Freya Munshi wrestles barriers to the top

by Grace Grabowski, Sports Reporter
photo contributed by Freya Munshi

In February, sophomore Freya Munshi won the Massachusetts Interscholastic Athletic Association (MIAA) Girls State Wrestling Tournament in just her second season on the South team. As the lone female member of South’s wrestling team, Munshi is the school’s first female wrestler to win a title at the tournament. 

“She’s literally making history at our school, which all of us think is amazing,” teammate junior Tyler Kadish said. “We just love to see our teammates be able to succeed.”

Munshi said she stumbled into the sport by chance. Typically, the wrestling season takes place in the winter, when Munshi plays hockey; however, last year, wrestling was pushed to the spring due to COVID-19, allowing Munshi to give the sport a try. 

 “I normally would have never tried it if they hadn’t switched it to the spring,” Munshi said. “I didn’t have anything to do, so I thought, ‘why not try something new?’”

Although the season was fraught with pandemic-forced changes, Munshi still found a love for the sport, wrestling coach and wellness teacher Alan Rotatori said. 

“We hardly had any competitions,” he said. “She might have had one or two matches last year because of the modified schedule and shortened season, but she was all in after last year. She ended up joining a club, so she works on wrestling all through pre-season to get ready and is just really focused.”

After months of training, Munshi’s hard work paid off as she worked her way through the state tournament, winning her first four matchups before defeating Gianna Daniele of Minnechaug High School to win the 118-pound state title.

In recent years, girls’ high school wrestling has seen an increase in popularity, with the number of participants nearly tripling from 2005 to 2018. In 2018, Massachusetts introduced a separate girls state championship, which has given girls an opportunity to compete at a higher level. 

Now, female competitors have the option to compete in the boys or girls state championship, a choice they did not have just a few years ago. For Munshi, the choice was difficult, as she knew she had potential to be successful in either tournament. 

Despite the expansion of girls’ wrestling, the sport is still male dominated. Munshi, the only girl on the South team when she joined in her freshman year, said that this gap provided unique challenges.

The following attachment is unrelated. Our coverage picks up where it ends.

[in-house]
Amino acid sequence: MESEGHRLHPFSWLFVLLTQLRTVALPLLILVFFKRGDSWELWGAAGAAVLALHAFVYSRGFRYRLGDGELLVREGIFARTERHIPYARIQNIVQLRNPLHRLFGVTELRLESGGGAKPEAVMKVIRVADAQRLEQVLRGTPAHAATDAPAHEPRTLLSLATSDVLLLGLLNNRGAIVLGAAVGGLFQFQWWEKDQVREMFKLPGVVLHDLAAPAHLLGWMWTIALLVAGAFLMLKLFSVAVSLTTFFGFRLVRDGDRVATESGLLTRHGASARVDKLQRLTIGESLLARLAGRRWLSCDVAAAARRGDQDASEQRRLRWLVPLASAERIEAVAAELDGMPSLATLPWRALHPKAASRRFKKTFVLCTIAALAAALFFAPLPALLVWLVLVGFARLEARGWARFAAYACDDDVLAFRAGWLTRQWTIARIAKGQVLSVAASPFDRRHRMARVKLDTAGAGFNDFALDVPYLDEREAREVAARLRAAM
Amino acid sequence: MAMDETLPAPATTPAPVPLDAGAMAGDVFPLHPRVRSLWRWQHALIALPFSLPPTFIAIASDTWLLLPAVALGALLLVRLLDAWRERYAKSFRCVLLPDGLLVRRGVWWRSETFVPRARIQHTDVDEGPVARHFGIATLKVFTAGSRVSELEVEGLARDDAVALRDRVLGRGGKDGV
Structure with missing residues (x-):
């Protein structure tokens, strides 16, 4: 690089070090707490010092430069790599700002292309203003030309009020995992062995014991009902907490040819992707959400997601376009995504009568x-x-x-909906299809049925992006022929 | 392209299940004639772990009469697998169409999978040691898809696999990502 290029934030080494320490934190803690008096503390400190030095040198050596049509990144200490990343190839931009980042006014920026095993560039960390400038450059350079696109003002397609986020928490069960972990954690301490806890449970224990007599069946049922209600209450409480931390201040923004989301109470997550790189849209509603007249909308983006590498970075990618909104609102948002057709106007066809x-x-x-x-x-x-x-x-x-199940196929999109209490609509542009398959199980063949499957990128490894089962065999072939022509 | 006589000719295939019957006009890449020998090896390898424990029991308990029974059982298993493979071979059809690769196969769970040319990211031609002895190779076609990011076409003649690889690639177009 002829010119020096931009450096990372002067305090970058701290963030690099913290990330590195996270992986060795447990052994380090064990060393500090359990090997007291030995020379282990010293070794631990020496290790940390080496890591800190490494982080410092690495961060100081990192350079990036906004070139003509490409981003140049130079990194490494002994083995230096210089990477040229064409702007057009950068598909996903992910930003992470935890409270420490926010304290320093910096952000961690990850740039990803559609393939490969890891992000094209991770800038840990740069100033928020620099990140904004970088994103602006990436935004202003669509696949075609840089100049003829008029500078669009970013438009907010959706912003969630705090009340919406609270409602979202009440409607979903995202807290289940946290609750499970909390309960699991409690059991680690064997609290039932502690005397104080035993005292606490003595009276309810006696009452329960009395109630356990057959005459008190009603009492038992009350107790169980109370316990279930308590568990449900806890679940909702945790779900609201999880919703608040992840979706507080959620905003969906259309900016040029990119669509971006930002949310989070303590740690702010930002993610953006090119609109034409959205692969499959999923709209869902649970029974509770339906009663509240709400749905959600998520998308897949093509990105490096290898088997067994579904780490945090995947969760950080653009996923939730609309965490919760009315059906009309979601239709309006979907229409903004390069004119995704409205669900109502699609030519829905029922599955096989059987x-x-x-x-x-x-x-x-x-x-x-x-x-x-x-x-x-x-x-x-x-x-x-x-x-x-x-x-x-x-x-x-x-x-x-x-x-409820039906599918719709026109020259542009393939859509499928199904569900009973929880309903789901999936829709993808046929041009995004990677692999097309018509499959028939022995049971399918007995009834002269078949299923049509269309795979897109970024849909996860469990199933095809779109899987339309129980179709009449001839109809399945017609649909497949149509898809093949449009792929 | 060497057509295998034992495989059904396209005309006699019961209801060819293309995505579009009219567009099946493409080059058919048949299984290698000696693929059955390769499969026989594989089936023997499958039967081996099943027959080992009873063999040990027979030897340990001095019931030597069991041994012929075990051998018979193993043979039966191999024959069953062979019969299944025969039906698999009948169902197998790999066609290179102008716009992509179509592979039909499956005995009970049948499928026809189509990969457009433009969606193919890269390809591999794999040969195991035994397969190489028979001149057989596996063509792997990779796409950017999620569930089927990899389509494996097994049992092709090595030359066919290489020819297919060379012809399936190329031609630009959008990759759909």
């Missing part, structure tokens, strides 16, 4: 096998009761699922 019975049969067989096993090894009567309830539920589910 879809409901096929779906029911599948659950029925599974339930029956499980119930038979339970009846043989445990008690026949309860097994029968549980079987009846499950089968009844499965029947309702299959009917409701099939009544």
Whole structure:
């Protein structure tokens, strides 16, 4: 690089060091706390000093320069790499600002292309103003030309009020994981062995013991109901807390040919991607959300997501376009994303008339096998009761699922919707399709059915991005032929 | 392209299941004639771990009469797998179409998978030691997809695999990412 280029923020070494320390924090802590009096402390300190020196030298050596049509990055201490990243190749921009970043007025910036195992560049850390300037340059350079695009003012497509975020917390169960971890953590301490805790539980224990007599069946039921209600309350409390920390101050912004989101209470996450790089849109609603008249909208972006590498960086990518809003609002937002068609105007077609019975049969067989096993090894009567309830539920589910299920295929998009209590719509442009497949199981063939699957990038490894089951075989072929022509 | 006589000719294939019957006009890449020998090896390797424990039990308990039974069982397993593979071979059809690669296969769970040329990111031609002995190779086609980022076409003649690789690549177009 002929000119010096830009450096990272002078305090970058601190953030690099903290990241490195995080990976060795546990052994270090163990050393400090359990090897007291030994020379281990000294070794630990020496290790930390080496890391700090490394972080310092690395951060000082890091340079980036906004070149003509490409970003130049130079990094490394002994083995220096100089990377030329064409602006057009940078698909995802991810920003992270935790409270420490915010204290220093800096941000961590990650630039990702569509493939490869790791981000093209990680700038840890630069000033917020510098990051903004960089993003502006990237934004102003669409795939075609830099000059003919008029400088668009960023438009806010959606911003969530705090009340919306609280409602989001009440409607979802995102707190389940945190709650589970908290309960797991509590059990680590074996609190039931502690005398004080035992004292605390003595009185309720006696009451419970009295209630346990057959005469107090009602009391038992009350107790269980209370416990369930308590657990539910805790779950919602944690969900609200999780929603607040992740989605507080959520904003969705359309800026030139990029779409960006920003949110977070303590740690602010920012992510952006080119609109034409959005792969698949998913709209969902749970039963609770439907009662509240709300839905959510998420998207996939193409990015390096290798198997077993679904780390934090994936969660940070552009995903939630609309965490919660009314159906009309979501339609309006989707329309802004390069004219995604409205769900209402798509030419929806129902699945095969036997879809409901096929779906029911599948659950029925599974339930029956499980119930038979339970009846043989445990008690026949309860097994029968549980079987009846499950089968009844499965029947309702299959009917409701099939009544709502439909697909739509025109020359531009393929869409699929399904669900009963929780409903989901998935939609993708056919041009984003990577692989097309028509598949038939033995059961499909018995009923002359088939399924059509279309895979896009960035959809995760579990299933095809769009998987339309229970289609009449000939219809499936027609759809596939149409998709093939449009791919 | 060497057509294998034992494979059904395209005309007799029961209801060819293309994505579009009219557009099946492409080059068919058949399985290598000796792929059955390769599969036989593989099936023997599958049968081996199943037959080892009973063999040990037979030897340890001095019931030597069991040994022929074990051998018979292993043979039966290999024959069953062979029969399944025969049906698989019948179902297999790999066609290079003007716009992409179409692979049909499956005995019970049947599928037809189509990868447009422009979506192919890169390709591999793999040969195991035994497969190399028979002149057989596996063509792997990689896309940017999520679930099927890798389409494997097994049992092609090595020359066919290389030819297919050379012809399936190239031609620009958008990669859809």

“I had to wrestle people that were at least 20 pounds heavier than me because there was nobody my weight,” she said. “I was this little girl wrestling with seniors and they’re heavier and bigger than me. I’m not going to have the same amount of strength but I can definitely use my strength to wrestle just as fine.”

Although South has not seen the uptick in female wrestlers that other schools around the country have experienced, the team hopes to recruit more girls in the future.  

“The whole team is really invested in this, which is nice. We were trying to recruit girls at the eight grade sports night,” Munshi said. “I’m in touch with one eighth grade girl who I know wants to wrestle … which is awesome, even if we just have one more girl.”

Kadish said Munshi’s success plays a role in expanding the popularity of girls wrestling. 

“We definitely want more girls to be involved with the team and join,” Kadish said. ”She’s not only helping South, but she’s helping Massachusetts build girls wrestling, which is something that we think is amazing … we’re just extremely proud of her.”

Munshi said that in the future she hopes to push herself and continue to grow as a wrestler. 

“Next year I’m going to probably do boys’ states, not girls’ states, because it’s an added challenge,” she said. 

Munshi also said she hopes to extend beyond state competition as well and compete at tournaments on a national level, where the competition is higher. 

“My other big goal is to place at nationals for girls,” she said. “Once you get to the national level, there are girls who are on the world team and have been to the Olympic trials, so it’s just a totally different situation.”

Rotatori said that he hopes more students who share Munshi’s drive and determination will join the team. 

“If there are more kids like her, whether they are boys or girls, I do not care. We just want more kids like her,” he said. “She won states at five o’clock on a Sunday afternoon, raising her arms as a champion, and 24 hours later, she was lifting weights in the fitness center. That is who she is. We are really pleased to have her.”